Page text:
The phagocytosis efficiency of nano-formulations in C6 cells and macrophages was assessed by confocal microscopy and flow cytometry. C6 cells at a density of 1 × 105 cells per well were seeded onto 24-well plates containing cell slides and incubated for 24 h. THP-1 cells in a culture medium containing 100 ng/PMA, which induces THP-1 monocyte differentiation into macrophages, were incubated on well plates in the same manner. The cell medium was then replaced with DOX, DOX@NGs, or DOX@PNGs at a final DOX concentration of 5 μg/mL. After incubation for 4 h, the cells were digested with trypsin into a single-cell suspension, and fluorescence was quantified by flow cytometry (FC500, Beckman Coulter, USA). The cell slide was washed twice with PBS, fixed in a 4% paraformaldehyde solution for 15 min, and washed three times with PBS. Subsequently, the cells were stained with 0.5 μg/mL DAPI for 15 min and washed three times with PBS. Finally, the slides were sealed with an anti-fluorescent bursting agent and photographed by confocal laser scanning microscopy (CLSM; Leica, Germany).

Apoptosis and JC-1 assay

Apoptosis and the JC-1 assay were measured using flow cytometry and fluorescence microscopy to further detect the inhibition efficiency of the drug on C6 cells. Briefly, C6 cells were seeded at a density of 5 × 105 cells/well in 6-well plates. After incubation for 24 h, the medium was replaced with DOX, DOX@NGs, DOX@PNGs, or DMEM for another 24 h. Immediately, the cells were collected using trypsin and centrifuged at 200 xg for 3 min. Subsequently, the cells were stained according to the Annexin V-FITC/PI apoptosis kit or JC-1 assay kit, and mitochondrial damage and apoptosis of C6 cells were detected by flow cytometry, respectively (FC500, Beckman Coulter, USA). The data were analysed using FlowJo 7.6 software. In addition, we captured a fluorescence graph of JC-1 using microscopy.

In Vitro BBB model assay

We used the Transwell model to simulate the BBB in vitro. b End.3 cells were spread in Transwell chambers at 1 × 105 cells per well, incubated at 37 ℃ on a shaker at 50 rpm, and protected from light; the fluorescence content of each group was then analysed by confocal microscopy and flow cytometry 24 h after incubation.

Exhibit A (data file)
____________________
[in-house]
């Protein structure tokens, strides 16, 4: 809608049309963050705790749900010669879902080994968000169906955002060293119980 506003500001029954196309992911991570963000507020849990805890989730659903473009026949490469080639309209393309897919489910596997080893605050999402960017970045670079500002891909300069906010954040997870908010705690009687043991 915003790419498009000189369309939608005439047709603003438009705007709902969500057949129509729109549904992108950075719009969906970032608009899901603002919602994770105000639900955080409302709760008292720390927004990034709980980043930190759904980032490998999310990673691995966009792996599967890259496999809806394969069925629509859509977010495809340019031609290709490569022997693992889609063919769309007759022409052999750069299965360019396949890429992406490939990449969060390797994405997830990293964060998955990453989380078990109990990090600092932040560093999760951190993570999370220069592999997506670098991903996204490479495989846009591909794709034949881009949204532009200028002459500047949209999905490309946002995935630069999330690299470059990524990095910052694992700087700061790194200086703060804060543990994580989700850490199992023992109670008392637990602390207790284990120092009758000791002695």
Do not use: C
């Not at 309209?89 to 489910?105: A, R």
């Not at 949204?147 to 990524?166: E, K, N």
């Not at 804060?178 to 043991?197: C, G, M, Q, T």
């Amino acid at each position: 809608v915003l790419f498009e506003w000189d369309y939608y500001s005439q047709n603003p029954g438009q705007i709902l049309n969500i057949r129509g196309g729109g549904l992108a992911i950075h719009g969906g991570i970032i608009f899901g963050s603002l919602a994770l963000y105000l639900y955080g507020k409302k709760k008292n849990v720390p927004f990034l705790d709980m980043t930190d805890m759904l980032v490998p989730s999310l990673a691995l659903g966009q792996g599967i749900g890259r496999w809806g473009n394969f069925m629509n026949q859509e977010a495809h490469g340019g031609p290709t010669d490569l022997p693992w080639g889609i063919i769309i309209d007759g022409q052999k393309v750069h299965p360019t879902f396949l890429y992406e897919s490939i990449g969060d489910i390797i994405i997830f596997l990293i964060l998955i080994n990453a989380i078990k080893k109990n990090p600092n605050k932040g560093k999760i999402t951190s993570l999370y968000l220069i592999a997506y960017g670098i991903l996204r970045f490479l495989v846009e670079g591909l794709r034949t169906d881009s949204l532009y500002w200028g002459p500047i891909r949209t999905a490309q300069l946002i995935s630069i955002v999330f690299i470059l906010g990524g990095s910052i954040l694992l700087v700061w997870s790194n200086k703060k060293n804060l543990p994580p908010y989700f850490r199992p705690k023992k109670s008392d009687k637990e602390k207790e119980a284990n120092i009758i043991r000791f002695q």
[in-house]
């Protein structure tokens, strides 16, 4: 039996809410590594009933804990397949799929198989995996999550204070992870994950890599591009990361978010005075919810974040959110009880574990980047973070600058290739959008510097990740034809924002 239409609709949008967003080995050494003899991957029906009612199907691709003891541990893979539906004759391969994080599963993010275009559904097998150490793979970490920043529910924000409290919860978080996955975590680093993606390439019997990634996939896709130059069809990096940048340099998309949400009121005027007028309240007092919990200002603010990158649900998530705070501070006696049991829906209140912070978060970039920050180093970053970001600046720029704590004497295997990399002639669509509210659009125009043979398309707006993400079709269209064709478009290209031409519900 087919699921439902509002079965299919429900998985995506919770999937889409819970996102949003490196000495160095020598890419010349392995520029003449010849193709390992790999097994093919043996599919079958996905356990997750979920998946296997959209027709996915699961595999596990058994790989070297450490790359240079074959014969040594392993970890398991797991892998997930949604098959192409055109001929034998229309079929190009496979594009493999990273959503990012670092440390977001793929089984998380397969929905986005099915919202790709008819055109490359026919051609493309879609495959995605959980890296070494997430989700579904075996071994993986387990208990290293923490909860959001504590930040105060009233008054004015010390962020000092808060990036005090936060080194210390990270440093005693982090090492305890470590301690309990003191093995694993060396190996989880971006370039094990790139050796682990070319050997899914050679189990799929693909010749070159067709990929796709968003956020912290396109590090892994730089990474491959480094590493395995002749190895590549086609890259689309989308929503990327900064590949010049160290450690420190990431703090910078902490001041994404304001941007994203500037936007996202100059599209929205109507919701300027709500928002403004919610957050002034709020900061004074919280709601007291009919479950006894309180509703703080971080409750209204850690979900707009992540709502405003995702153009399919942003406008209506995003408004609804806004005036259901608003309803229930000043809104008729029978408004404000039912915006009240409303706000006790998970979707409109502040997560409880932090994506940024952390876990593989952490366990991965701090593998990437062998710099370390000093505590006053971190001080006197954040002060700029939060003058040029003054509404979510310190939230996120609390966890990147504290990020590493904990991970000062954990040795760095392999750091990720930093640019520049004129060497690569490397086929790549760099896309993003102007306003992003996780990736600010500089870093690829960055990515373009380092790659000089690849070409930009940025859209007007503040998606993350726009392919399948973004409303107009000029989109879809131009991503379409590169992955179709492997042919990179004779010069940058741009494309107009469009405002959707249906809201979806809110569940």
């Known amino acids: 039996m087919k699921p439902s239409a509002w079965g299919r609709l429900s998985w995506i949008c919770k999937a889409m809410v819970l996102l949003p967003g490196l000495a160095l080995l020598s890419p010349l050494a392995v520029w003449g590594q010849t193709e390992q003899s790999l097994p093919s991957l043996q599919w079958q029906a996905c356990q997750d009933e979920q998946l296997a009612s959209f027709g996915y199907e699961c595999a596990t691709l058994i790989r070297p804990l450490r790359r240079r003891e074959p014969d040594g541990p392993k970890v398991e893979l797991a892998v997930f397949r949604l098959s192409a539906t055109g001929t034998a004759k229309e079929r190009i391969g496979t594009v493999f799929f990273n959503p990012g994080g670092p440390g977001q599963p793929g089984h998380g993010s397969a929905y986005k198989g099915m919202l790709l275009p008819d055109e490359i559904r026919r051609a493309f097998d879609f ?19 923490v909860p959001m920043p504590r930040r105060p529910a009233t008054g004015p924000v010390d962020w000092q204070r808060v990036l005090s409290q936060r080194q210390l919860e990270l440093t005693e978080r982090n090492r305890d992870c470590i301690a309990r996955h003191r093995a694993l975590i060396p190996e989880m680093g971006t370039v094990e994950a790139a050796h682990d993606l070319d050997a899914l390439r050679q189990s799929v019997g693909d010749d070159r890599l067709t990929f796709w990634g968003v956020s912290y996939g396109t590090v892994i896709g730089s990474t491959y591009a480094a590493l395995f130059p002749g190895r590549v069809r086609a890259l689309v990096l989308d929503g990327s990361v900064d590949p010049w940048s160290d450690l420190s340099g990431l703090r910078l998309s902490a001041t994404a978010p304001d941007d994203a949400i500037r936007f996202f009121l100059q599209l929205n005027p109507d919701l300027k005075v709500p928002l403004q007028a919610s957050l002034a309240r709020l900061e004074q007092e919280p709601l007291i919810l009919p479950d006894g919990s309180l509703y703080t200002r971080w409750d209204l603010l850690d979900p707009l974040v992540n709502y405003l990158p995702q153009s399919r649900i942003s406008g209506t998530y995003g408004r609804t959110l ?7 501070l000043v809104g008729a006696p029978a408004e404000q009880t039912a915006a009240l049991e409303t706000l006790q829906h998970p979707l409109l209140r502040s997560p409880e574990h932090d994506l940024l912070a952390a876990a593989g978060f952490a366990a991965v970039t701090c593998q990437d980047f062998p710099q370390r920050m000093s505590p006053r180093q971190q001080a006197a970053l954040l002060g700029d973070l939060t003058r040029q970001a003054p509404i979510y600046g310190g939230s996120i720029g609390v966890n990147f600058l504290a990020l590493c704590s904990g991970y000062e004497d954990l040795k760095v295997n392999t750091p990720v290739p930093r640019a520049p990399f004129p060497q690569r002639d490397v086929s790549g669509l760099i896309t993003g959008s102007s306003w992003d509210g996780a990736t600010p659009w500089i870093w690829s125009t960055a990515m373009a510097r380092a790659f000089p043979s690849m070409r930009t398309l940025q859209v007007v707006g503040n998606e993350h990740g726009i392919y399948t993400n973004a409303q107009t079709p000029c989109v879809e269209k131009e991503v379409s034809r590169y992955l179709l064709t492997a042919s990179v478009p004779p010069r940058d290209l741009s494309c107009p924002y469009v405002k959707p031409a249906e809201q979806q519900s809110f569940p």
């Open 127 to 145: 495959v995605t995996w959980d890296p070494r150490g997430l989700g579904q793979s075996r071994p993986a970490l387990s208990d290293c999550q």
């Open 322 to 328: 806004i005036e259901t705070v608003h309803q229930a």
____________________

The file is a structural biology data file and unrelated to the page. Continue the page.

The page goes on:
In Vitro destruction of VM

Fifty microlitres of Matrigel was pre-capped in 96-well plates and incubated for 30 min at 37 ℃. C6 cells (1 × 104 cells per well) were suspended in an FBS-free medium containing DOX, DOX@NGs, or DOX@PNGs at a DOX concentration of 5 μg/mL and seeded into a well plate. After incubation for 8–10 h, photographs were captured by microscopy. The percentage of tube formation was quantified using Image Pro Plus software version 6.0.

Western blotting

C6 cells were seeded in 6-well plates at a density of 5 × 105 cells per well and allowed to reach 60% confluence. The medium was then replaced with FBS-free DMEM containing DOX@PNGs and control formulations. After 24 h of incubation, the plate was washed three times with PBS after the liquid was removed. Cell lysate (RIPA:PMSF = 50:1) was added to the wells and the plates were placed on ice for 20 min, after which they were fully scraped using a spatula. The bicinchoninic acid (BCA) protein assay kit (Beyotime) was used for quantitative detection. A 12% SDS–PAGE gel was loaded with 20 μg of protein samples from each group; the protein was separated by electrophoresis at 80 V followed by 120 V and then transferred to a polyvinylidene difluoride (PVDF) membrane, which was blocked in 5% skim milk for 1 h. The PVDF membrane was subsequently washed with TBST (0.5% Tween-20 in Tris-buffered saline) and incubated with the primary antibody according to its recommended dilution at 4 °C overnight. The membranes were washed three times with TBST and incubated with an HRP-labelled secondary antibody for 1 h at room temperature. Finally, the membranes were imaged using Immobilon Western HRP substrate (Millipore, USA) on a Bio-Rad Chemioc MP system (Bio-Rad Laboratories, USA).

In Vivo anti-tumour efficacy

C6 glioma-bearing mice were established as previously described. At 7 days after model establishment, mice were randomly divided into four groups (saline, DOX, DOX@NGs, and DOX@PNGs) of 10 mice each; mice treated with saline were used as controls. Each of the above agents (at a dose of 2.5 mg DOX/kg) was injected every 3 days for a total of five injections. Mice were injected intraperitoneally with 200 μL of luciferase at a concentration of 15 mg/mL and anaesthetised with isoflurane 10 min after injection. Subsequently, tumour volume changes were observed using the NIR fluorescence imaging system IVIS III (PerkinElmer, USA) at 7, 10, 13, 16, and 19 days after modelling. Overall survival was managed, and the weight was recorded every other day. At 1 day after the last dose, three mice were randomly selected from each group, and blood was obtained from their eyes for analysis of blood biochemical parameters (ALT, AST, CREA, and urea) using a fully automated biochemical analyser (AU5800, Beckman Coulter). The brains and major organs were subjected to HE staining, IHC staining (Ki67, Caspase 3, CD34-PAS double staining), and TUNEL. The survival time of the remaining mice was observed until death.

Statistical analysis